Review: Eight (Part One)

There was not a weak link to be found in this selection of four poetic, witty, humane, and supremely well-acted monologues. The other four monologues in Ella Hickson’s Eight will be performed on Thursday and Friday, with a selection of the audience’s favourites on Saturday night. Ranging from the riotously comic to the numbingly poignant, each of these monologues was a deeply charming individual piece as well as forming a part of a magical evening at the theatre.

David Shields, whose sense of the rhythm of performance seems to be faultless, started us off as Miles Cooper, a survivor of the 7/7 bombings in London who has used this event to lead another life. A brash American stock-broker, Miles Cooperis a dynamo, constantly active and energetic. David Shields gave us this in great heaping handfuls, but never with a sense of rush or of caricature. Every single line hit the nail on the head, both in terms of rhythm and character, and there was a clarity of communication about his performance that engaged the audience: a vital task on a sparse set in an unforgiving studio space. Then it was the turn of Alice Porter to seduce us with tales of her life as a high-class prostitute, caring almost maternally for ‘her boys’, an array of beleaguered establishment types unsure of their place in a Britain they do not recognise. In amongst the stories of orgasming to Betjeman and other hilarities which I won’t spoil for you, delivered with a panache that did not swamp the primness which is integral to her outlook, was a tenderness and longing that was sensitively expressed in the final moments.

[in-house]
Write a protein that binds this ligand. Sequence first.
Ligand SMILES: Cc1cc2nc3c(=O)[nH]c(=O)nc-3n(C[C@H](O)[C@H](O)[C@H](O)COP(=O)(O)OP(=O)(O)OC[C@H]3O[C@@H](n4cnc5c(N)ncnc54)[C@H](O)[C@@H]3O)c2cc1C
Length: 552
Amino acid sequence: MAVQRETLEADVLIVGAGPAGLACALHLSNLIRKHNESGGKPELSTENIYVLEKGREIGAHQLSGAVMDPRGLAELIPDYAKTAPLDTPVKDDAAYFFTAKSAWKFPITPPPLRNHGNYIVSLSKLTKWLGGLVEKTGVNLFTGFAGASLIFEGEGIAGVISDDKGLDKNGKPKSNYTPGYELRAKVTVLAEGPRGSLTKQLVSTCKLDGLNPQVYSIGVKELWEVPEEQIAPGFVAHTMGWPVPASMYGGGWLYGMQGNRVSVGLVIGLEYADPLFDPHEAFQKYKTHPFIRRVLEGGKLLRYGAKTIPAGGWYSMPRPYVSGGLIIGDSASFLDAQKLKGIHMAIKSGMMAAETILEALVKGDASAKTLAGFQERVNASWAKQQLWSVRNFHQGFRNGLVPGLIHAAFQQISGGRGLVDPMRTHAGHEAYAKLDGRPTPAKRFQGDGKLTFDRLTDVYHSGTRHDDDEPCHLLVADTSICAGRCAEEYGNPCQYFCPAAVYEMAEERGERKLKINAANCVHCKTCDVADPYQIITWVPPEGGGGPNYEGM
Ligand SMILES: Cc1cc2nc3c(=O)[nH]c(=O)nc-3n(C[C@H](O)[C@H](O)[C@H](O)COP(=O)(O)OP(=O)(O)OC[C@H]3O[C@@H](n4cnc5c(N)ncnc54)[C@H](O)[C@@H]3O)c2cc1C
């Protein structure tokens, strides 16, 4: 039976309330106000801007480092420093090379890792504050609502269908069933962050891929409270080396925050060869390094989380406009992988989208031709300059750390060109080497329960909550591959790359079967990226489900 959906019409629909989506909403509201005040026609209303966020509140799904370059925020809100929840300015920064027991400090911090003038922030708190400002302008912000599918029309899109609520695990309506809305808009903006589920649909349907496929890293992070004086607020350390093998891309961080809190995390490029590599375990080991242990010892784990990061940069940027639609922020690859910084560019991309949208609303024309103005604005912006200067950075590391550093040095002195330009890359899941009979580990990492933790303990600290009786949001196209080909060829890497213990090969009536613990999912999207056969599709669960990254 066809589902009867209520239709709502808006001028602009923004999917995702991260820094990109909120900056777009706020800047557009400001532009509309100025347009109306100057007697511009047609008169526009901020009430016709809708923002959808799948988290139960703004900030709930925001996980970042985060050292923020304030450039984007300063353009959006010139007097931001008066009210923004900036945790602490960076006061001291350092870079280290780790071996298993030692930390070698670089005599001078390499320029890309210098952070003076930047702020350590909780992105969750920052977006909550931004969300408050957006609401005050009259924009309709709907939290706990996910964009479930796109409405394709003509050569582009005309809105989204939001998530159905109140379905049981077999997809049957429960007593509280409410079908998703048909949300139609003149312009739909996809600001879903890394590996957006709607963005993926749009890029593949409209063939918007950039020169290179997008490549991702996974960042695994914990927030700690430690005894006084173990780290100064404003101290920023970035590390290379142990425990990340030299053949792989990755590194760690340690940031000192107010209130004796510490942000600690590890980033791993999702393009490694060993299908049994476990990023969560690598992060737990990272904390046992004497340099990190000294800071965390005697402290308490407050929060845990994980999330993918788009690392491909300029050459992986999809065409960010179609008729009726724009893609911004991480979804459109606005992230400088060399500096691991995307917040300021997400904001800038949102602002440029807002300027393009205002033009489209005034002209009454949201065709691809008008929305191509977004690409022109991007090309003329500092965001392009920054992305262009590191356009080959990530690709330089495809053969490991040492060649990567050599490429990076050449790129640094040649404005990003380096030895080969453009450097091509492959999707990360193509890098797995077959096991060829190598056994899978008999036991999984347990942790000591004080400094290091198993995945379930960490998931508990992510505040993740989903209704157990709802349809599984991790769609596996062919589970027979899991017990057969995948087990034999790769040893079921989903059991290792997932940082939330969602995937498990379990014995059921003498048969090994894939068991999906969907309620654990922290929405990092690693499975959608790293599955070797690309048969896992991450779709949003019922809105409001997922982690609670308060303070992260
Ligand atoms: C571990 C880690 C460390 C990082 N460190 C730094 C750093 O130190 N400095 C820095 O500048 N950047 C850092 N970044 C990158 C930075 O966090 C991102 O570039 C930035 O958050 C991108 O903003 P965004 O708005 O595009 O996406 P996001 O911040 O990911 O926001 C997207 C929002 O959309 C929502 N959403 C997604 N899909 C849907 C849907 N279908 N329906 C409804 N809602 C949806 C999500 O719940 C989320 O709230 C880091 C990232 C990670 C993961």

Then came Millie Chapman’s Mona, a young girl in the aftermath of a dreadful betrayal by a boy she trusted with her secrets. In a profoundly convincing portrayal of trauma, Chapman restrained the outpouring of horror until as late as the monologue would allow. Avoiding any sense of monotony or needless self-pity, this was a delicate and moving performance of one of the more subtly poetic monologues. The line about the balls of paper onto which she had whispered her secrets scurrying across the tabletop to hide themselves, and the accompanying image of Chapman’s finger tracing their paths on the floor will stay with me for a while. How glad I was when I realised that the final monologue had a few jokes in it after the almost overwhelming dolour of Mona’s story. Nevertheless, Christopher Adams as André had a tragicomic tightrope to walk between reacting convincingly to the recent discovery of his boyfriend’s body hanging in the store-room, and giving expression to the humour of his reflections on their life and work as jobbing art dealers. This he did with apparently effortless balance. Moving from raucous comedy to grievous panic, sometimes in next to no time at all, there was not a decision out of place.

This set of dances between text and performer was an effusion of life, in all its madness and hysteria and joy. Go and see them.

J. Sheldrake

Rough-Hewn’s production of ‘Eight’ continues at the Burton Taylor Studio until Saturday 9th March, 9.30pm. For more information and to book tickets, please visit their website.

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